A selection of extremely detailed preparatory paintings and drawings by artist Nathan Walsh. While firmly rooted in the “observable world”, Walsh’s artistic process involves shaping and manipulation in an effort to develop a new language of realistic painting. Over the years, Walsh has built up an archive of raw materials, objects and photographs, which he keeps in his studio – a converted Welsh Methodist chapel where he lives and works. Living alongside his collection, Walsh creates cityscapes with a mind-bending “neither here nor there” quality, drawing as much on his own imagination as on the physical references that surround him. Scenes that initially seem familiar don’t operate by the same laws that govern the real world. In “Metaphors”, for example, what begins as a view through the window of a Parisian antique dealer becomes a moving scene of found objects, patterns and invented reflections. The painting does not so much imitate our world as it reinvents it – providing a parallel space that operates by its own rules.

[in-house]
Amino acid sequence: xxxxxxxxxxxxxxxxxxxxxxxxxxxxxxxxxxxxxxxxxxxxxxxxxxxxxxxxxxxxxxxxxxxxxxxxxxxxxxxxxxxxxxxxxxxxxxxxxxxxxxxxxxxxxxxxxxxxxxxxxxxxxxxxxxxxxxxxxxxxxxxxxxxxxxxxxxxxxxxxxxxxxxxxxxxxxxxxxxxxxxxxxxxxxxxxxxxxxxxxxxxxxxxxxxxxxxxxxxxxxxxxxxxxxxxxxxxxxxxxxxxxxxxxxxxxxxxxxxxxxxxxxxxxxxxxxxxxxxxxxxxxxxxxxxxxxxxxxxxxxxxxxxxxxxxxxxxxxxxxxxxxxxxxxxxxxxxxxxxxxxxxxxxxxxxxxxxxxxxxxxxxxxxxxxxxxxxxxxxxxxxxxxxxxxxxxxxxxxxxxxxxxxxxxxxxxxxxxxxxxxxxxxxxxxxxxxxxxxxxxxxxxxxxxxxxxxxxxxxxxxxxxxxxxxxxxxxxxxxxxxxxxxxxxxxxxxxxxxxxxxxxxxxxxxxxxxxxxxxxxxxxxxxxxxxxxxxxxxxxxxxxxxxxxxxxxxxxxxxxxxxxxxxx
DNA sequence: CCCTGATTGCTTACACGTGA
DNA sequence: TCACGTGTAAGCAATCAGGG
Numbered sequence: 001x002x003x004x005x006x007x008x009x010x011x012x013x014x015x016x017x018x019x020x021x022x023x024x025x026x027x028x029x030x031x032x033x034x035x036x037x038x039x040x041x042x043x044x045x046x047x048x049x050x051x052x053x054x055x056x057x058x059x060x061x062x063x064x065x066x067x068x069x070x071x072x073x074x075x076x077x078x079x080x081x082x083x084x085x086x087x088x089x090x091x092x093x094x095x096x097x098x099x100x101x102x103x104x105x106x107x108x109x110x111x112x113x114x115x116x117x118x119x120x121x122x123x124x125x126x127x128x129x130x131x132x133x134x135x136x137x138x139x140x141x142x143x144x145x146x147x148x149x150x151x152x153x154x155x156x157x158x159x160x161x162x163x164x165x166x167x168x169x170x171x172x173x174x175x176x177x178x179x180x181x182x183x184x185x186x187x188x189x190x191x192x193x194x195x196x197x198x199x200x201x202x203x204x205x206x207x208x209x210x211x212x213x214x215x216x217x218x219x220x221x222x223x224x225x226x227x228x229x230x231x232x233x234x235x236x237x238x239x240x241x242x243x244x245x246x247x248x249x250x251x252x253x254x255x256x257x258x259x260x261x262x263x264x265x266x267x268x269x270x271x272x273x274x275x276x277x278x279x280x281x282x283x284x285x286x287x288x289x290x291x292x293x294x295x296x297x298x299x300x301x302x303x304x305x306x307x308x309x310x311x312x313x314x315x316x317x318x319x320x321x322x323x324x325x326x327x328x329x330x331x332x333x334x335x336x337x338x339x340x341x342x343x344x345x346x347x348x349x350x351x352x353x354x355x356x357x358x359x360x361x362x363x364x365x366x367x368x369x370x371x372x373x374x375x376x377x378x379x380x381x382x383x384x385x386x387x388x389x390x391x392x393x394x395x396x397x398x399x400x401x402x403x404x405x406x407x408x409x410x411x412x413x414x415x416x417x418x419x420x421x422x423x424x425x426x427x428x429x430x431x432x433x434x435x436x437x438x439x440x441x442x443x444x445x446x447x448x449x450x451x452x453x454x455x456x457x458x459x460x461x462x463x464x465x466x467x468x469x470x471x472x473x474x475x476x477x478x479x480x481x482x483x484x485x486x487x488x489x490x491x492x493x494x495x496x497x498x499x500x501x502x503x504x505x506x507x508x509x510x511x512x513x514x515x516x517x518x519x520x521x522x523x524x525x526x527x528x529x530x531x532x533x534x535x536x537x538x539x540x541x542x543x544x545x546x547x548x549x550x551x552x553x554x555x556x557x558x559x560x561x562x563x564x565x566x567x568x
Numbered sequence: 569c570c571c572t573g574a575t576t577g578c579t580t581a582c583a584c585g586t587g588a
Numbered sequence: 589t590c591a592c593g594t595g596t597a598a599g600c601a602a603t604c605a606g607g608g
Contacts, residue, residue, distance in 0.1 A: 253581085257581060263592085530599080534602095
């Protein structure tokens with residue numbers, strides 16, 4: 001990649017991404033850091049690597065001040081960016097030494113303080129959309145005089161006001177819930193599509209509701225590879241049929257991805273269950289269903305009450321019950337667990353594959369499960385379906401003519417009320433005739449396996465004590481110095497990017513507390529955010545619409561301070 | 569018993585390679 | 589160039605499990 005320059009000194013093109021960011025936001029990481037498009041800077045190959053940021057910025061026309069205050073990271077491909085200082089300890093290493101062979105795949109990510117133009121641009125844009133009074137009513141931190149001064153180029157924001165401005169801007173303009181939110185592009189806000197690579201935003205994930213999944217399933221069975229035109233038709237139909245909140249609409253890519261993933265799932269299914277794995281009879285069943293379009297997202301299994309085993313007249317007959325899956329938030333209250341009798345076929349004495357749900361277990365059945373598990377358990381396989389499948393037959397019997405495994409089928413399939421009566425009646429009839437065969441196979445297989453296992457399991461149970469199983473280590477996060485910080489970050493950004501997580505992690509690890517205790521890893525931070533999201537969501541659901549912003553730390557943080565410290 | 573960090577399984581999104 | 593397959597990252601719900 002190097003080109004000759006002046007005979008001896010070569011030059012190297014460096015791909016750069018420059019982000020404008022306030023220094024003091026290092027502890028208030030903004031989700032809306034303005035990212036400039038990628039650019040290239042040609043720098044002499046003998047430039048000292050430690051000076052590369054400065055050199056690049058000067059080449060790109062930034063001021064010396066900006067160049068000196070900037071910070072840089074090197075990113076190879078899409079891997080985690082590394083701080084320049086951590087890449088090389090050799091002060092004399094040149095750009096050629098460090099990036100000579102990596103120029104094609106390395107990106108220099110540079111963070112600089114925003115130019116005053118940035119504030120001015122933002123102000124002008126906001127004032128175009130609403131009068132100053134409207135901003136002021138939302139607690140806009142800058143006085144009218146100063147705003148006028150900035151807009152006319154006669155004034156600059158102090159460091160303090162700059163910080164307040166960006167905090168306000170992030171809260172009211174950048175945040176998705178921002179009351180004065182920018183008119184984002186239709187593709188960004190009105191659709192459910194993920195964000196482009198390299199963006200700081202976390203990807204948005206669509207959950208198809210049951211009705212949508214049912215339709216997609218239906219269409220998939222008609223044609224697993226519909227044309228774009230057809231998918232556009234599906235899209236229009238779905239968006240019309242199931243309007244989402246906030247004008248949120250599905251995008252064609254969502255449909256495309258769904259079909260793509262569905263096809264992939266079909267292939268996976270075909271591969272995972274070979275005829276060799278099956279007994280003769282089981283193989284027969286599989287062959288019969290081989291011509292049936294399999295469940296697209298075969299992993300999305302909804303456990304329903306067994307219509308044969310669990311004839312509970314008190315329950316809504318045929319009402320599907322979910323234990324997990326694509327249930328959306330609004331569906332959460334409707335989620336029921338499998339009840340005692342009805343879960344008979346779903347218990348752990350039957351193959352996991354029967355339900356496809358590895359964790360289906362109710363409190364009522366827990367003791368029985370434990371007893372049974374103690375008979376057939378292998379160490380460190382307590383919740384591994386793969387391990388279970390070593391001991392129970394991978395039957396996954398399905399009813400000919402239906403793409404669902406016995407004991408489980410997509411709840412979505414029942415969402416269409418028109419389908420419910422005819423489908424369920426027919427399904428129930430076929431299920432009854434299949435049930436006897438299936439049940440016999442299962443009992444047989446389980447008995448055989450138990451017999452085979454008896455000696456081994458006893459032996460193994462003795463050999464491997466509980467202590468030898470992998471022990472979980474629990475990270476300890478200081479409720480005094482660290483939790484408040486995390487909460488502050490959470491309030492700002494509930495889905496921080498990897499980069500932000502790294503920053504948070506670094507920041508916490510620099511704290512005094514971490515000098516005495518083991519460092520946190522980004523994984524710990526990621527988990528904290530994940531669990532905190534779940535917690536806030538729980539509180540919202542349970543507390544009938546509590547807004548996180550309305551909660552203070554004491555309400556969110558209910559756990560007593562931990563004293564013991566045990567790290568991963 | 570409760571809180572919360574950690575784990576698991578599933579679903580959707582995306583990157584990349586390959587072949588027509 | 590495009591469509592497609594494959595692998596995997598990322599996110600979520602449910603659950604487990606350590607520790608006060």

“Drawing plays an important aspect of my studio practice, from the visual notes I take on location to the intricate planes that underpin my paintings. Instead of imitating reality or photo-based images, these working drawings allow me to create an alternate reality constructed from a process of creating and then revising line and form. I use perspective not in a predetermined way but rather as a fluid strategy to develop composition. The rules of the manuals are assimilated and then manipulated and often rejected as the works develop. The subjects explored here lend themselves to a method of construction and deconstruction. Cafés, bus stops and museums are presented as composites of interior, exterior and reflected space. For all their accuracy, they are not fixed in nature but exist in multiple states at the same time.
Check out more of Walsh’s work below!